I hope you’re feeling better soon.

    I’m in Eastern Europe in the hospital for some thorough tests. The hospital is as modern as any in the US, staff is relaxed and nice, and how about these prices: $200 for MRI, $150 CT, $50 for complete blood and infectious tests, $30 for a sternal biopsy, $60 per day for the room. What will cost me here under $1000 would have cost in the US $50,000 without insurance or $4000 with Blue Cross. Now tell me if America’s health system is not a scam we really want to pass onto our children. And I work in that crooked, self-serving American health system, yet if I need any care, I prefer to come here and do it.

    Any of my fellow US-trained doctors here who want to jump in and justify their outrageous (as in “criminal”) prices in a country with 50 million uninsured and 100 million underinsured, who are opposing any kind of reform, please feel free to do so right now. But please don’t insult us and blame it on the lawyers — that’s a lame excuse… be honest and blame it on your teenage daughter’s second Lexus and your Rolex collection…


    1. Elephant swimming

      Well said Vinny…AMA stands for Armed Malicious Asset Removal. As nice of a person my grandfather was those trips to NY then QEII to Germany to pick up his new Benz at the factory, so he could tour Europe for a Month and browse art galleries, then return QEII or SS France with Benz in tow, flat rail car back home once in NY says something…eh.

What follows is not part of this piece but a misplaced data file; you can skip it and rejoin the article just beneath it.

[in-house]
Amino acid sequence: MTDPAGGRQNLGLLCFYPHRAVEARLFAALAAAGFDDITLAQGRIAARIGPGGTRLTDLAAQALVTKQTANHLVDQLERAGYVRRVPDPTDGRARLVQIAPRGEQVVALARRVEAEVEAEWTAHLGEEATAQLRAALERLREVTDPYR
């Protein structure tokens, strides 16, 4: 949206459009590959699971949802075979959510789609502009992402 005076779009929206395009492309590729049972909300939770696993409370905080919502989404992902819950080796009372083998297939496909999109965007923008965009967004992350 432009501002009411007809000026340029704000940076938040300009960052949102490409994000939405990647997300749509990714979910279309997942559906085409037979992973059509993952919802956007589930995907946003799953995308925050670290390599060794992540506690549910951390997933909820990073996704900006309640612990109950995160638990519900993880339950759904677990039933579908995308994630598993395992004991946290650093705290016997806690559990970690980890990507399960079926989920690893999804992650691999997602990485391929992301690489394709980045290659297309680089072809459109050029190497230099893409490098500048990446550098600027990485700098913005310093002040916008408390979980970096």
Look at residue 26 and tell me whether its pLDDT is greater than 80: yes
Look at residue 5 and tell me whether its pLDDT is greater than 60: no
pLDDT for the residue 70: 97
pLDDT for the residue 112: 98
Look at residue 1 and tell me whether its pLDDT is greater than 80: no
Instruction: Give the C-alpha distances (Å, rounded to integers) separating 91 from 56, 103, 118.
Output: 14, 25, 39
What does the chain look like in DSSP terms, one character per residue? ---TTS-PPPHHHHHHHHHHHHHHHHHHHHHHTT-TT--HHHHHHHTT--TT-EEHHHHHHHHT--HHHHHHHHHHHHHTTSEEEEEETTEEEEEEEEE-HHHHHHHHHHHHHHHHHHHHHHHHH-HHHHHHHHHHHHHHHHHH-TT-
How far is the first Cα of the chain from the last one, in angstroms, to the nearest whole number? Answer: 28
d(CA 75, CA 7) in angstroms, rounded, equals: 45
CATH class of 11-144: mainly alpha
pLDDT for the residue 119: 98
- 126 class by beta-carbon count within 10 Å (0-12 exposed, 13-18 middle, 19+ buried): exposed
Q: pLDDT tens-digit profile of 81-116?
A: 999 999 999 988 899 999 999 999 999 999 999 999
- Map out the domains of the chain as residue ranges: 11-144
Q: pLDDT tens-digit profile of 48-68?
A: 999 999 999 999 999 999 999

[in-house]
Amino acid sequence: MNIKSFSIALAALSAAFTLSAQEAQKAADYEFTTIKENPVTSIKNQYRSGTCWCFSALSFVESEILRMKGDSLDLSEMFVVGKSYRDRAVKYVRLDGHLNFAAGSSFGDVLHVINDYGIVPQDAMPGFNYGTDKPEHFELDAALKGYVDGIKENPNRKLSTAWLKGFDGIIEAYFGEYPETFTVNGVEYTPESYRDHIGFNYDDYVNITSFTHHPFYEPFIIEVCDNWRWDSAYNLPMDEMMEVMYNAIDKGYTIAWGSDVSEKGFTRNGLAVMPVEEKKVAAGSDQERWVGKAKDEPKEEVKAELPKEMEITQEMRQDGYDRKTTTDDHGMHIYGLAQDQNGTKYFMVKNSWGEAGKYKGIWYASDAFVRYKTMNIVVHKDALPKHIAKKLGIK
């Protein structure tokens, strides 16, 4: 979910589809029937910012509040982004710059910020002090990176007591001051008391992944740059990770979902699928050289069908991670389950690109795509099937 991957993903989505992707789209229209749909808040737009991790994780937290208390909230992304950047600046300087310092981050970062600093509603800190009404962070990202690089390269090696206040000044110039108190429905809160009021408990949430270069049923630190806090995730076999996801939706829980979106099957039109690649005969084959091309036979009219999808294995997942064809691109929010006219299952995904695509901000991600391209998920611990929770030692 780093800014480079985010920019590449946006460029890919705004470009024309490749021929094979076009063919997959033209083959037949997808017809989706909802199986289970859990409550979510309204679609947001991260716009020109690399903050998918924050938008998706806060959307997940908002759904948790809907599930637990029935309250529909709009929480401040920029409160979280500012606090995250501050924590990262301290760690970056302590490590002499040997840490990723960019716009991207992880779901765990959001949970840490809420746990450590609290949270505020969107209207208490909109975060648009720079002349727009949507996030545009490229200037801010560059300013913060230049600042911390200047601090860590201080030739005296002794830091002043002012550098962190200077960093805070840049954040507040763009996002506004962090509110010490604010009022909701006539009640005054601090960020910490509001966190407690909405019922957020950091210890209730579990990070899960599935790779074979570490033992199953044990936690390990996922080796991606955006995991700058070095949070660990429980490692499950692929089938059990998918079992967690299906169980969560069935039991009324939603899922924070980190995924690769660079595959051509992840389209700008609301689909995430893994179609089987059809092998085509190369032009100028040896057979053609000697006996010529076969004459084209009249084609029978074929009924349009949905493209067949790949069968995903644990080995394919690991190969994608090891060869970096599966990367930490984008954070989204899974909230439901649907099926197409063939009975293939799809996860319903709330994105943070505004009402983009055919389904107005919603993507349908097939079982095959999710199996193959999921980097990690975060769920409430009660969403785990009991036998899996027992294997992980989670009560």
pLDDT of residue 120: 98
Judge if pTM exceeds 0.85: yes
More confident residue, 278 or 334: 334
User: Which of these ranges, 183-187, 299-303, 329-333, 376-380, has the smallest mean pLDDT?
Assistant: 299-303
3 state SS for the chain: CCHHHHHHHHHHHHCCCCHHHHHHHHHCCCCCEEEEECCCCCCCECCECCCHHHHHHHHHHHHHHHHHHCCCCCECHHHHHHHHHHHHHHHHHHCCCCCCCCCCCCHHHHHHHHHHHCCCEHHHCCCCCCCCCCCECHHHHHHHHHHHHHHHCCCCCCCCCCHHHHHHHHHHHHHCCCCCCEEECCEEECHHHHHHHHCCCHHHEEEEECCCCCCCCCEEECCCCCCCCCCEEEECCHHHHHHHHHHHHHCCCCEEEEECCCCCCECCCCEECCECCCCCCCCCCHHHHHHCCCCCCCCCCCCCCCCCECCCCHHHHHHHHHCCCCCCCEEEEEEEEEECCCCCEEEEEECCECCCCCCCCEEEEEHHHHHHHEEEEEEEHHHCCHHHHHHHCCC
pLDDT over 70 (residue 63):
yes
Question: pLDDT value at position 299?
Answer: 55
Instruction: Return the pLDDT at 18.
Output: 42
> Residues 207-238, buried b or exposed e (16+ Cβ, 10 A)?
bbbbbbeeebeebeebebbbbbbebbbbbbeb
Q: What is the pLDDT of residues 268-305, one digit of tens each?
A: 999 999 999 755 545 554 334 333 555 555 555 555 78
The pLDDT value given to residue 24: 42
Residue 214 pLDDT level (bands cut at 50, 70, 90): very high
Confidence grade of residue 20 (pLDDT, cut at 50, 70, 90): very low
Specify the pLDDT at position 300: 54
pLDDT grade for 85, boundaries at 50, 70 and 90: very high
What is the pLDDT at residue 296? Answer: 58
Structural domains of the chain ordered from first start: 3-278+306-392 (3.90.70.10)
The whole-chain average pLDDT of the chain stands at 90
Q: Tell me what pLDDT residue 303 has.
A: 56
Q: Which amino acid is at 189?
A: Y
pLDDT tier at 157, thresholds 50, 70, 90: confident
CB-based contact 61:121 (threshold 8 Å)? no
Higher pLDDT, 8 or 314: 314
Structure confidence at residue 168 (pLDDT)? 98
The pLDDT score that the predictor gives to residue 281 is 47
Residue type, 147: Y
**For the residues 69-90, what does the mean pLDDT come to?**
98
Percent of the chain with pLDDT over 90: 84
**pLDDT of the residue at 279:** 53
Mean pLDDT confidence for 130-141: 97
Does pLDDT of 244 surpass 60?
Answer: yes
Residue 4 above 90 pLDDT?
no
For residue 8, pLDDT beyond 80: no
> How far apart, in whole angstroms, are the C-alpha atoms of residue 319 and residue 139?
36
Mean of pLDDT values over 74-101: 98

Bone Biopsy/complete blood and infectious tests????? Your freaking me out now.

      1. Vinny G.

        I’ve been having some mild but persistent health problems, which were more of an inconvenience than anything. Since I’m here for the holidays, I thought I’d better do a thorough check. They are much better clinicians here.


  6. Allen C

    Thanks for the assessment. As he BSs on the topic of monetizing, the PPT statement could also be BS.

    The response to the debt to GDP was lacking to state the least.

    The AIG payoff requires investigation. Incompetence or corruption? Perhaps AIG shareholders should sue.

  7. Doug Terpstra

    Sorry you’re not feeling well, Ives. I trust it’s not schweinegrippe, a variant of which seems to have gripped our financial sector.

    Much of this goes over my head (and thins my scalp), but key elements are publically understandable toward a devastating rebuttal of Bernanke’s “prevarications”, “utter” and “bald-faced lies”. I hope Bunning and his capable staff are armed with it. This makes an independent audit of the Fed an absolute necessity, if we hope to save rigged market cannibalism from itself.

    Market Ticker addresses your #8 (Bunning’s #28) in more detail (link follows):

    From Fannie: “Although … our conservator is a U.S. government agency and Treasury owns our senior preferred stock and a warrant to purchase our common stock, the U.S. government does not guarantee, directly or indirectly, our securities or other obligations.”